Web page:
The idea of sparking joy has been made famous in Marie Kondo's runaway bestseller, "The Life-Changing Art of Tidying Up". The basic concept is that if an item 'sparks joy' when you hold it, then you should keep it and if it doesn't spark joy, discard it.
Sparking joy seems to be a great way to analyse almost any situation. Imagine if we asked, ‘Will this spark joy?' before every action and took corrective action if the answer is 'No'. Would our lives change significantly as a result?
The question is intended to elicit an emotional response. Science likes to be less emotional and more objective while feeling joy is purely subjective. This can be confronting for the more analytical among us. Those looking for facts that can be universally applied may struggle with the uniquely personal nature of what sparks joy in me, compared with what sparks joy in you. What sparks joy for each of us will almost certainly be different.
The emotions around colour are similar … colours that spark ‘joy’ in me you might not like and visa-versa …. But this isn’t because of the colour itself, it’s due to our emotional reaction to that particular colour, as there are no wrong colours, it’s our liking or disliking of them that colours our response.
Colour and Behaviour
According to Wikipedia “Colour Psychology is the study of colour as it determines human behaviour”. When you apply the principle of sparking joy to Colour Psychology, you start to see that there is no 'one size fits all' answer. Joy has personality, layers, nuances. It is both the source and the result of intense happiness. One spark of joy can light up a whole city, and at the same moment continue to multiply. Every colour is unique and bestows its own magic. The fact that each of us responds in a uniquely personal way can make us nervous, but this is not colour’s fault if, indeed, fault is to be assigned. We each have an emotional reaction to all colours; we embrace the colours we like and avoid the colours we don’t.
But wouldn’t it be great if all colours sparked joy within us?
With the help of Colour Psychology, you can achieve this. With a deeper understanding of how you personally react to colour you can create reactions of joy with all colours depending on how you are feeling each day. This then allows colour to support and assist with your day running more smoothly and joyously.
The Science Behind Our Emotional Response To Colour
Light is made up of wavelengths, and each wavelength is a particular colour. The Science Learning Hub explains, "The retina of our eyes contains two types of photoreceptors – rods and cones. The cones detect colour. The rods only let us see things in black, white and grey. Our cones only work when the light is bright enough, but not when light is very dim. This is why things look grey and we cannot see colours at night when the light is dim." Each colour we see is a result of which wavelengths are reflected back to our eyes.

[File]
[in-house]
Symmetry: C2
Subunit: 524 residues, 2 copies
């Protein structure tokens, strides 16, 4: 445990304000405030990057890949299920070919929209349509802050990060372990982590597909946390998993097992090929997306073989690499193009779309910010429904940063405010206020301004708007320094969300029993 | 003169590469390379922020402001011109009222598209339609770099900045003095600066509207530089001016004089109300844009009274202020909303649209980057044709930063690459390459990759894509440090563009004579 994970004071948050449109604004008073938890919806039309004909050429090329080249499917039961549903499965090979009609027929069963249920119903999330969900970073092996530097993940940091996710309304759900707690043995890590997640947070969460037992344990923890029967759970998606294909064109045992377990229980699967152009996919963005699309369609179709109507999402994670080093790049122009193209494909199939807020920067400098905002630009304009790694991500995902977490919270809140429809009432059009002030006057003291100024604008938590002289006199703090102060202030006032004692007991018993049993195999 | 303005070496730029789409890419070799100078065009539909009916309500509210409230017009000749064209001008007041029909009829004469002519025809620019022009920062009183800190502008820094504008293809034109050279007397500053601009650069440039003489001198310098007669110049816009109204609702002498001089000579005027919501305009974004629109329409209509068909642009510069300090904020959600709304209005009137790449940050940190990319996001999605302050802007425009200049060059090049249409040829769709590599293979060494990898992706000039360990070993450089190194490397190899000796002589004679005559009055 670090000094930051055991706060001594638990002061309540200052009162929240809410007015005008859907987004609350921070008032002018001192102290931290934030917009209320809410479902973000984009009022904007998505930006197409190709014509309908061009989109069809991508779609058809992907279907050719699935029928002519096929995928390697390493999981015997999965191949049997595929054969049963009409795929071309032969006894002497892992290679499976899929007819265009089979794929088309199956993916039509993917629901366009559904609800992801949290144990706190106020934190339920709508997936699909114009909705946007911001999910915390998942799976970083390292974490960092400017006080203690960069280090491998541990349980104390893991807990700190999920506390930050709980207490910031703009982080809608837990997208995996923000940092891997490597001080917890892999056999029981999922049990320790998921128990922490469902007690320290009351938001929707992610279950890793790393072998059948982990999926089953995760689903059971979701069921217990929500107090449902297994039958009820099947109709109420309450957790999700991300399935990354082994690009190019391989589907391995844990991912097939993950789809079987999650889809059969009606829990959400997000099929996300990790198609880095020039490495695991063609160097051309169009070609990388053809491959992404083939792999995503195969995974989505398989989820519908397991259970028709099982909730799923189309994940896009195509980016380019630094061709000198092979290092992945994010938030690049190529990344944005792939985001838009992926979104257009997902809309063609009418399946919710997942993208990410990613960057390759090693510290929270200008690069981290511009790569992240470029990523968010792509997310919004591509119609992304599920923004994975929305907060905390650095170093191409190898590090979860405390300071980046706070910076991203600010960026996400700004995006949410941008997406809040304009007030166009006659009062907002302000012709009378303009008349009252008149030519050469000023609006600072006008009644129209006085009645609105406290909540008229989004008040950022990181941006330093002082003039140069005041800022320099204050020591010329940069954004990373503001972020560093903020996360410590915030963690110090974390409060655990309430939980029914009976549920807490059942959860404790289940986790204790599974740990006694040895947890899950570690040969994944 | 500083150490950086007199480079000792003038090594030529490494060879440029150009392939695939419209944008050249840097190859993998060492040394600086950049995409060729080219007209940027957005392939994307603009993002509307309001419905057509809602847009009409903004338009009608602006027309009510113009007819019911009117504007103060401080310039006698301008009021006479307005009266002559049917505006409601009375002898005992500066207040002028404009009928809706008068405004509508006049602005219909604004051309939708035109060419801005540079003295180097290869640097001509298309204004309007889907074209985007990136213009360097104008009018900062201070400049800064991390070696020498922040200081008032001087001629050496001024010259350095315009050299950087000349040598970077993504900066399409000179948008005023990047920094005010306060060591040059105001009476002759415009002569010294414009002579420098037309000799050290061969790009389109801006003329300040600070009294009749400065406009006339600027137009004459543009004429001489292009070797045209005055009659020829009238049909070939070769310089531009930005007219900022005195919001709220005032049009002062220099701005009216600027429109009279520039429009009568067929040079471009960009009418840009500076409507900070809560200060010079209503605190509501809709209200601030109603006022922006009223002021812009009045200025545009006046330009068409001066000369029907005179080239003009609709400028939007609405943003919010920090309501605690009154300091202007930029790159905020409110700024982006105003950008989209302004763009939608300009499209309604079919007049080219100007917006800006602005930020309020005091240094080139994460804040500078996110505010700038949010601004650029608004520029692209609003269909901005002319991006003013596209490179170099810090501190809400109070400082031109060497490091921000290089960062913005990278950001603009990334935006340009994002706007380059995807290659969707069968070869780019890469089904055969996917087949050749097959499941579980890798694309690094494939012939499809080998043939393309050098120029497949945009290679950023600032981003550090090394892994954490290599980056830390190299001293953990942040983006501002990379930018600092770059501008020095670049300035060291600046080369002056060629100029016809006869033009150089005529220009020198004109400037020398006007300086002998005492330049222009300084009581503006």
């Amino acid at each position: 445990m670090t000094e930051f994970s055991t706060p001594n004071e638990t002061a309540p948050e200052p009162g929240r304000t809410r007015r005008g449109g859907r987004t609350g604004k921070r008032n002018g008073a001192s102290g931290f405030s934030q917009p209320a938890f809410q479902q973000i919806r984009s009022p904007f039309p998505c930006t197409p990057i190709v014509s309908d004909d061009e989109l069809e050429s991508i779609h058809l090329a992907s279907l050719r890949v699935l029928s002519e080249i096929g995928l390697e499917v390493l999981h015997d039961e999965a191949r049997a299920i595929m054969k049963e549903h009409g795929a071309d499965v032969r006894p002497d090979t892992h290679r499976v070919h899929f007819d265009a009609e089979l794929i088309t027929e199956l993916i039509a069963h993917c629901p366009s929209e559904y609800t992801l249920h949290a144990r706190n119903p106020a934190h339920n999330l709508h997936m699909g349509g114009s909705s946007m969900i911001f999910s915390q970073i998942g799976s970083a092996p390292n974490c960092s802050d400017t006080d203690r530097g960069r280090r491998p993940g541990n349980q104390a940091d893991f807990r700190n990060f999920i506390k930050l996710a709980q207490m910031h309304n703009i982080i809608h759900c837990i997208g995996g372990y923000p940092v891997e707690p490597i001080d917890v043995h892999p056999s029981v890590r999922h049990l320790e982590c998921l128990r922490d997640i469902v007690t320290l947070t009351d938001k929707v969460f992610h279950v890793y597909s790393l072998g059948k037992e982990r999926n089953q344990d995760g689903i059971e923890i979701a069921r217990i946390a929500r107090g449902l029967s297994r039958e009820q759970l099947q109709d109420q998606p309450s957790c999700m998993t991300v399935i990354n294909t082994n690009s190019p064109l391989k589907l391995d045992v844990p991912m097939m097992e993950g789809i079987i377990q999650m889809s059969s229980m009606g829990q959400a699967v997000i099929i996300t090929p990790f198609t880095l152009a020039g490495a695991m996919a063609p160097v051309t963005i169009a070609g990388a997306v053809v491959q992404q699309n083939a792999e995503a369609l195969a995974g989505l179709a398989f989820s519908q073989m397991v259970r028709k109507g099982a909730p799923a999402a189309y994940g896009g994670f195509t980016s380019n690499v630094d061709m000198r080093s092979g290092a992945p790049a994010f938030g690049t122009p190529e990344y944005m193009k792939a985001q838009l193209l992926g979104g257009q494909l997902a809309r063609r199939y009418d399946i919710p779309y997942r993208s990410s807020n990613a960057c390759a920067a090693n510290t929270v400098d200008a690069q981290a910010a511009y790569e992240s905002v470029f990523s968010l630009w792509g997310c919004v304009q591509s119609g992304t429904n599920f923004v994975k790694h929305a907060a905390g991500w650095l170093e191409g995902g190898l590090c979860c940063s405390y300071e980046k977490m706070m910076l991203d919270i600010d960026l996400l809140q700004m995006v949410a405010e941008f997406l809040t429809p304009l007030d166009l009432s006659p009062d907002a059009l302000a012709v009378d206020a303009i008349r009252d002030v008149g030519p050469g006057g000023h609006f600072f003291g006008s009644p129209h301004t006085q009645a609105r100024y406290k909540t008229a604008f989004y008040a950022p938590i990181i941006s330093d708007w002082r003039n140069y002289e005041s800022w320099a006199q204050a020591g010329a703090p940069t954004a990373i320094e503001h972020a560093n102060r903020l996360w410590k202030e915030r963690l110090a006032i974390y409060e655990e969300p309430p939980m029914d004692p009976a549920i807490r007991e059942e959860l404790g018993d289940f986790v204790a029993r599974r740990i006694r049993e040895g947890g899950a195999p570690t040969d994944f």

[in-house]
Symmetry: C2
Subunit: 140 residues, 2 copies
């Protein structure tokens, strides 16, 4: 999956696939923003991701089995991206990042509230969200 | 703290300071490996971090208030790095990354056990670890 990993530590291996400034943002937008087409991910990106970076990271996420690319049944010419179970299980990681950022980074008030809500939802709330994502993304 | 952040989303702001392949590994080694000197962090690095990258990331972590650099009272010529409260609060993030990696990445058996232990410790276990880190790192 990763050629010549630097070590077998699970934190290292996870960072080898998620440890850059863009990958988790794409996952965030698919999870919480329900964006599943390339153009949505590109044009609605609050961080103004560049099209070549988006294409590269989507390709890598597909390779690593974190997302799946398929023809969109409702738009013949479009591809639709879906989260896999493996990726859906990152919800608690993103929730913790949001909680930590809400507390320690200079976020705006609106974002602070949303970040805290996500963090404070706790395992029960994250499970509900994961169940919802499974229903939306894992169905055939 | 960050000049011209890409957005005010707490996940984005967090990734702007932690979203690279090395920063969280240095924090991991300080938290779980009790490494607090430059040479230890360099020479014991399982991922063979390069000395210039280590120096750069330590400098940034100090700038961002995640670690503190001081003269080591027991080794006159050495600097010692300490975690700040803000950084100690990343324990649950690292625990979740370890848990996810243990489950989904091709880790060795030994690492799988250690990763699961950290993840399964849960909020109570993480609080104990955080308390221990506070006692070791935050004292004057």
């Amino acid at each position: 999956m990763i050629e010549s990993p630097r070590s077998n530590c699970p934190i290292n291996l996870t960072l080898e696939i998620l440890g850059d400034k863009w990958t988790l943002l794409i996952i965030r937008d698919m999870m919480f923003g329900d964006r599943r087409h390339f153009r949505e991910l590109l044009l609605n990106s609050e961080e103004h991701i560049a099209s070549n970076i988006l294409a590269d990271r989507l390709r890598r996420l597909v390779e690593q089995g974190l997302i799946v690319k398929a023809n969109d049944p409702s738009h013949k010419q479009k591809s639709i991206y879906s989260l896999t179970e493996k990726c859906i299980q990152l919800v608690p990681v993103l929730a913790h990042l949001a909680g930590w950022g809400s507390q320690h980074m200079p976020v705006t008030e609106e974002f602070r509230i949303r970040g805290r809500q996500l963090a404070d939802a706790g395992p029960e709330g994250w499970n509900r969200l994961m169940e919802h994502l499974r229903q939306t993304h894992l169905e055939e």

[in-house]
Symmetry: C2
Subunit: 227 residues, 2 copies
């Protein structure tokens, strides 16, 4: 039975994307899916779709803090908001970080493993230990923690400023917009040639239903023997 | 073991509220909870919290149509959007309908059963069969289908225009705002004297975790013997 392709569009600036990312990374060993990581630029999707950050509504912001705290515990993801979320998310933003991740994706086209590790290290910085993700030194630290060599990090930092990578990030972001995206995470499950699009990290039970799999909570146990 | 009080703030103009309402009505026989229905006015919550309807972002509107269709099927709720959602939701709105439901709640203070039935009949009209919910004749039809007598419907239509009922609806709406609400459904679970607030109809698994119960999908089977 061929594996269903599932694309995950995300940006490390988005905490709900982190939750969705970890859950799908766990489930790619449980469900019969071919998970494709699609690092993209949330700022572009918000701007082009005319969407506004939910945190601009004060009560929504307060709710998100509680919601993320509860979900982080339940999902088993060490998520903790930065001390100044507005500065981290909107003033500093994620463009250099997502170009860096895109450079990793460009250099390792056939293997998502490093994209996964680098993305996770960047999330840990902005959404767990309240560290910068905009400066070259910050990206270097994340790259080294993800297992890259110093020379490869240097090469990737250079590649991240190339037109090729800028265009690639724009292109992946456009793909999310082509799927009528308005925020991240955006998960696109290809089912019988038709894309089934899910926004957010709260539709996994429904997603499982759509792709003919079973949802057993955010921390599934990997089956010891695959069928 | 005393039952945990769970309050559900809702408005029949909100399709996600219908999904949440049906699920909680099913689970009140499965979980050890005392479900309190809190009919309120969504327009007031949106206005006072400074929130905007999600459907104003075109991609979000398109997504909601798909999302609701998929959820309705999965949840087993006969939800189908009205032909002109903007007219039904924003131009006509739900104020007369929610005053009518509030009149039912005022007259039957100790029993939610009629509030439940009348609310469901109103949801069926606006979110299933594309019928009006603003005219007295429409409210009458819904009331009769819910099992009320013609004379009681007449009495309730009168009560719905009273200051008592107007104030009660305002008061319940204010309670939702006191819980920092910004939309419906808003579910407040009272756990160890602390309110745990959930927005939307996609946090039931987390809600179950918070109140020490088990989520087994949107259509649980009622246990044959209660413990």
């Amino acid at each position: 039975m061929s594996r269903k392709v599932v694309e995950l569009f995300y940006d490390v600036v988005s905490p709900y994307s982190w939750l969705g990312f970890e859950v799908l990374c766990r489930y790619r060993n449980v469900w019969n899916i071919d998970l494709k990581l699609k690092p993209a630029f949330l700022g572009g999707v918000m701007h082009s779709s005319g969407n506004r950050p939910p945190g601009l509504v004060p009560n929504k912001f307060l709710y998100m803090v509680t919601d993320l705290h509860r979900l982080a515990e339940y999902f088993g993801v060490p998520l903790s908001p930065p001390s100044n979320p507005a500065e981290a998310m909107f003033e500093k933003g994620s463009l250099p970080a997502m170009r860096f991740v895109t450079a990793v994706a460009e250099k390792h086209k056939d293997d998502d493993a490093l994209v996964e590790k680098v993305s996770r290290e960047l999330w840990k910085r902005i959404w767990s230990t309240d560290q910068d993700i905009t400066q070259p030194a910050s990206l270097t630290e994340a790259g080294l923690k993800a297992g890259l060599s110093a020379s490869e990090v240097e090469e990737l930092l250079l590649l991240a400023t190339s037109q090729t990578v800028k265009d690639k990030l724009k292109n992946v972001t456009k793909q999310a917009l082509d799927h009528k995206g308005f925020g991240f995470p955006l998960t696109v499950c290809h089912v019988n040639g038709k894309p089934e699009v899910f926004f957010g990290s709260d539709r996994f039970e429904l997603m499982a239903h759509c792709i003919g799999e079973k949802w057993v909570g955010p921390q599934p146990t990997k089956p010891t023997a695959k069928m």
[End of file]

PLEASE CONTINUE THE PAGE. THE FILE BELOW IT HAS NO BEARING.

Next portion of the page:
According to Colour Psychology, we don't just see colour, we feel it too. The colours and colour meanings don't change. It is our response to each wavelength of light that affects our emotions. According to one large paint company, over 70% of Australians choose to paint the walls of their homes white for fear of 'getting it wrong'. But white walls are not a 'one size fits all' solution.
This statistic points to a devastating reality. Our fear of colour, as it applies to painting our homes, stops many of us from creating a colour palette that truly sparks joy. Instead, it sees us settling for colour schemes that feel safe, rather than joyous.
Would you rather be right or happy?
It's interesting that our white-walled homeowners did not cite 'getting it right', as their motivation for choosing white paint. More often than not, we will choose to avoid pain over gain. This black and white thinking gives us the illusion of control. The seventy per cent of homeowners who are staying in the 'rod' zone of the retina - the black, white and grey zone - are stopping short of a fulfilling experience. The full spectrum of colour can only be experienced using both the rod and the cone photoreceptors of our eyes. When applying Colour Psychology to our understanding of colour, we bring the full spectrum of our minds to the colour selection process, not just our eyes.
Using Colour Psychology means that you don't have to choose between being right or being happy. Bringing Colour Psychology into the home helps to break down the white walls in our minds. By understanding and experiencing colour in this way, you can have it all - you can be both right and happy!
This is the power of having an in-depth understanding of the deeper meanings of each colour. You choose your preferred colours and learn their colour meanings. You know straight away if the colour meaning applies to you. Using Colour Psychology in your home gives you the opportunity to be right and happy with your choices - as well as the security of making informed colour choices in the future.